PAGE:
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AGILE Trial: Frontline Axitinib Versus Sorafenib in mRCC

Panelists: Robert A. Figlin, MD, Cedars-Sinai; Daniel J. George, MD, Duke; Thomas E. Hutson, DO, PharmD, Texas Oncology; Eric Jonasch, MD, MD Anders
Published: Monday, Jul 22, 2013
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Several agents are available for the frontline treatment of patients with renal cell carcinoma (RCC). At this point in the conversation, panelists have explored treatment with sunitinib and pazopanib. In this segment, data is analyzed from the phase III AGILE trial that compared sorafenib to axitinib as a frontline therapy for metastatic RCC.

In the AGILE trial, 288 patients with untreated, clear cell mRCC were randomized 2:1 to receive axitinib or sorafenib, explains Thomas E. Hutson, DO, PharmD. Patient characteristics in both groups were fairly balanced, except for variations in the sorafenib arm, which had 5% more patients that had undergone nephrectomy and an additional 5% of patients with better performance status.

Leading into the trial, researchers assumed sorafenib would improve progression-free survival (PFS) by 5.5 months and axitinib by 9.8 months, or approximately a 78% improvement in PFS, notes Hutson. However, in the actual analysis, sorafenib improved PFS by 6.5 months compared to 10.1 months with axitinib (HR = 0.77; P = .38). Overall, these findings were not statistically significant and the trial did not reach its primary endpoint, says Hutson.

Despite not reaching statistical significant, the AGILE trial demonstrates that axitinib has a role in treating RCC and is a very active agent in the frontline setting. Additionally, Hutson remarks, the toxicities were similar between the two arms on the trial. Adding to this, Brian I. Rini, MD, believes this trial should remind investigators about the importance of careful clinical trial design. Furthermore, he adds, the lack of statistical significant in this trial appeared to be a direct result of the trial design and not a lack of efficacy for axitinib.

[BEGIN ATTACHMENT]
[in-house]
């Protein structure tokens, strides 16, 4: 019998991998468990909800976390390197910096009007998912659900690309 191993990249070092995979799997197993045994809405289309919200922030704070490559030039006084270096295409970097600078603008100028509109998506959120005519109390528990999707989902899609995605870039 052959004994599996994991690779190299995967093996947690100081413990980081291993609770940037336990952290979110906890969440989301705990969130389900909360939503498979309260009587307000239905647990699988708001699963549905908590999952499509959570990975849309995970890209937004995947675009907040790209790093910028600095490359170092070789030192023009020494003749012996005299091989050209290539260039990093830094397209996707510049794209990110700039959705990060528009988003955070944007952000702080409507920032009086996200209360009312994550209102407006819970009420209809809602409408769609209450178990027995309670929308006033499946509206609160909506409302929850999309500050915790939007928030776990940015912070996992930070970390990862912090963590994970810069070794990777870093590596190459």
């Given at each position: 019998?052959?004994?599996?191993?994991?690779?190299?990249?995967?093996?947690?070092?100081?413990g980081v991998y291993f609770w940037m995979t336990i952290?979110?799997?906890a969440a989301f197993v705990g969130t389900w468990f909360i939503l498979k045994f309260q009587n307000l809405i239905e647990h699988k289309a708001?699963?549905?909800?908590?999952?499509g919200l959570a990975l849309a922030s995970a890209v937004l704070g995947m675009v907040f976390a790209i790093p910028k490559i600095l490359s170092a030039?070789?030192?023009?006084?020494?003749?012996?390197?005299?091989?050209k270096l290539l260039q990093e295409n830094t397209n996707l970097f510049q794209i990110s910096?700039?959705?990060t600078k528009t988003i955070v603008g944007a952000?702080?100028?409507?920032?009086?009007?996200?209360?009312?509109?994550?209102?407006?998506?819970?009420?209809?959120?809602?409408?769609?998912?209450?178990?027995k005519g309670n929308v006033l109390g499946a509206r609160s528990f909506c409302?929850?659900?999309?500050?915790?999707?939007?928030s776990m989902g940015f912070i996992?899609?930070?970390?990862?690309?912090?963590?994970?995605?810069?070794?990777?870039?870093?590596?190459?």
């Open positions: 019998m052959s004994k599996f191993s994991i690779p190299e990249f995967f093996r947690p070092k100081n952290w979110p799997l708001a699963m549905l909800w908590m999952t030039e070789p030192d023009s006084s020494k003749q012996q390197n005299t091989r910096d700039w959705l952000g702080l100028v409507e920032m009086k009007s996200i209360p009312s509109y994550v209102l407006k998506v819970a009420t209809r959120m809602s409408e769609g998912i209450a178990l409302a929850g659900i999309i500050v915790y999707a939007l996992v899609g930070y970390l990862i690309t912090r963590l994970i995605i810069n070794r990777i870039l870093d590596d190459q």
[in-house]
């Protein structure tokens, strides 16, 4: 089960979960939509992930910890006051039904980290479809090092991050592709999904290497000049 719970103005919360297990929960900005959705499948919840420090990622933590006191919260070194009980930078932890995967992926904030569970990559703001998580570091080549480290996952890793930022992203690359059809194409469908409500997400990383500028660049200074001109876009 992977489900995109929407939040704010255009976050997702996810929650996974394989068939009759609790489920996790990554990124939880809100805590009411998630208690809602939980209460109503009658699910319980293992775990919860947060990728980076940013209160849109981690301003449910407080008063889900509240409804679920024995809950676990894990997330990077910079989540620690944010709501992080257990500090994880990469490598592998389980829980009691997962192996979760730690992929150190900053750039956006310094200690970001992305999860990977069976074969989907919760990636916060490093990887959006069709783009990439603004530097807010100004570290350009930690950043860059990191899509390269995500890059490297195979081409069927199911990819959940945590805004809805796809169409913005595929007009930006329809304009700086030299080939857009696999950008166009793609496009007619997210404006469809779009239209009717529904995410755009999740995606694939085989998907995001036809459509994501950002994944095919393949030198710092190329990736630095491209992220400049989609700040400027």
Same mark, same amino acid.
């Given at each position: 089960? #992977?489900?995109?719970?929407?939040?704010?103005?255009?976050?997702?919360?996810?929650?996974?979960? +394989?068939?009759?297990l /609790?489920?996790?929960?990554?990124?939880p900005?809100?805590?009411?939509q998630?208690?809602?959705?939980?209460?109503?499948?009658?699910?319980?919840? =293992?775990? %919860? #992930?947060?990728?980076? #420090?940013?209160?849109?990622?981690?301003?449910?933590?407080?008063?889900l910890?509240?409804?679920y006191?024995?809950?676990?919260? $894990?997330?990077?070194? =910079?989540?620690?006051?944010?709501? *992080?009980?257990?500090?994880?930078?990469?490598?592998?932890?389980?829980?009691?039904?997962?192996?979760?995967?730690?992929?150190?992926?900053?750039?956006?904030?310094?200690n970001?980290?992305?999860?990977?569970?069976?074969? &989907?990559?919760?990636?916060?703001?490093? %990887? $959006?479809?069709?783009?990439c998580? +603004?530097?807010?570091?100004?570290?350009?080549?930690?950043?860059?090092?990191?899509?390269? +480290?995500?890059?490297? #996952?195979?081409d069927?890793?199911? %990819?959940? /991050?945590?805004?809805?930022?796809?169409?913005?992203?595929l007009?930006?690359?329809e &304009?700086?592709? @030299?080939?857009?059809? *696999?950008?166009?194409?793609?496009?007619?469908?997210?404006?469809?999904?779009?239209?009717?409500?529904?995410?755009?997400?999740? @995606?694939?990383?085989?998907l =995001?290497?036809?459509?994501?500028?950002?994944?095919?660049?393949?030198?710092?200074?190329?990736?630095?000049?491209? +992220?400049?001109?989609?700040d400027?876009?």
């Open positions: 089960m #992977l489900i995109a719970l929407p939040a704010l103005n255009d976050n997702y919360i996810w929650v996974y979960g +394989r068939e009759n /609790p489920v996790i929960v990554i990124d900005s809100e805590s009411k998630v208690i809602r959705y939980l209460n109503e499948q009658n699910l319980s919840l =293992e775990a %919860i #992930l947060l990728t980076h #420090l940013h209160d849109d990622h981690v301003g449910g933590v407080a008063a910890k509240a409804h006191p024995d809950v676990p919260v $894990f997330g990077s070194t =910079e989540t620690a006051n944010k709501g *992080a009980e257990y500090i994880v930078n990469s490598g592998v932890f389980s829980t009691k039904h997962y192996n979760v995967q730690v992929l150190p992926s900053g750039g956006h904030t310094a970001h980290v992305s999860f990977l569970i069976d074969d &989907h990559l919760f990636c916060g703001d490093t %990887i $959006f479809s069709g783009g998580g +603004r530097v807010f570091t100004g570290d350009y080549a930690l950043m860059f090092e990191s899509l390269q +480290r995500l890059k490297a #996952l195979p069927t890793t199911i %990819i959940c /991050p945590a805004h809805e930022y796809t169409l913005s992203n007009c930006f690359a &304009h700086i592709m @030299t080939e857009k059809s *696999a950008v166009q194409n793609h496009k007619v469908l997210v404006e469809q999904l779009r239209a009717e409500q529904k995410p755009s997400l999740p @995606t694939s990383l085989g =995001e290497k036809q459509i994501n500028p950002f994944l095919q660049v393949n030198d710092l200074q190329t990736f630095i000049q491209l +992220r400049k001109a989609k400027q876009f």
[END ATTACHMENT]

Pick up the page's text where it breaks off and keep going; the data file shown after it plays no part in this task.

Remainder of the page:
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For High-Definition, Click
Several agents are available for the frontline treatment of patients with renal cell carcinoma (RCC). At this point in the conversation, panelists have explored treatment with sunitinib and pazopanib. In this segment, data is analyzed from the phase III AGILE trial that compared sorafenib to axitinib as a frontline therapy for metastatic RCC.

In the AGILE trial, 288 patients with untreated, clear cell mRCC were randomized 2:1 to receive axitinib or sorafenib, explains Thomas E. Hutson, DO, PharmD. Patient characteristics in both groups were fairly balanced, except for variations in the sorafenib arm, which had 5% more patients that had undergone nephrectomy and an additional 5% of patients with better performance status.

Leading into the trial, researchers assumed sorafenib would improve progression-free survival (PFS) by 5.5 months and axitinib by 9.8 months, or approximately a 78% improvement in PFS, notes Hutson. However, in the actual analysis, sorafenib improved PFS by 6.5 months compared to 10.1 months with axitinib (HR = 0.77; P = .38). Overall, these findings were not statistically significant and the trial did not reach its primary endpoint, says Hutson.

Despite not reaching statistical significant, the AGILE trial demonstrates that axitinib has a role in treating RCC and is a very active agent in the frontline setting. Additionally, Hutson remarks, the toxicities were similar between the two arms on the trial. Adding to this, Brian I. Rini, MD, believes this trial should remind investigators about the importance of careful clinical trial design. Furthermore, he adds, the lack of statistical significant in this trial appeared to be a direct result of the trial design and not a lack of efficacy for axitinib.
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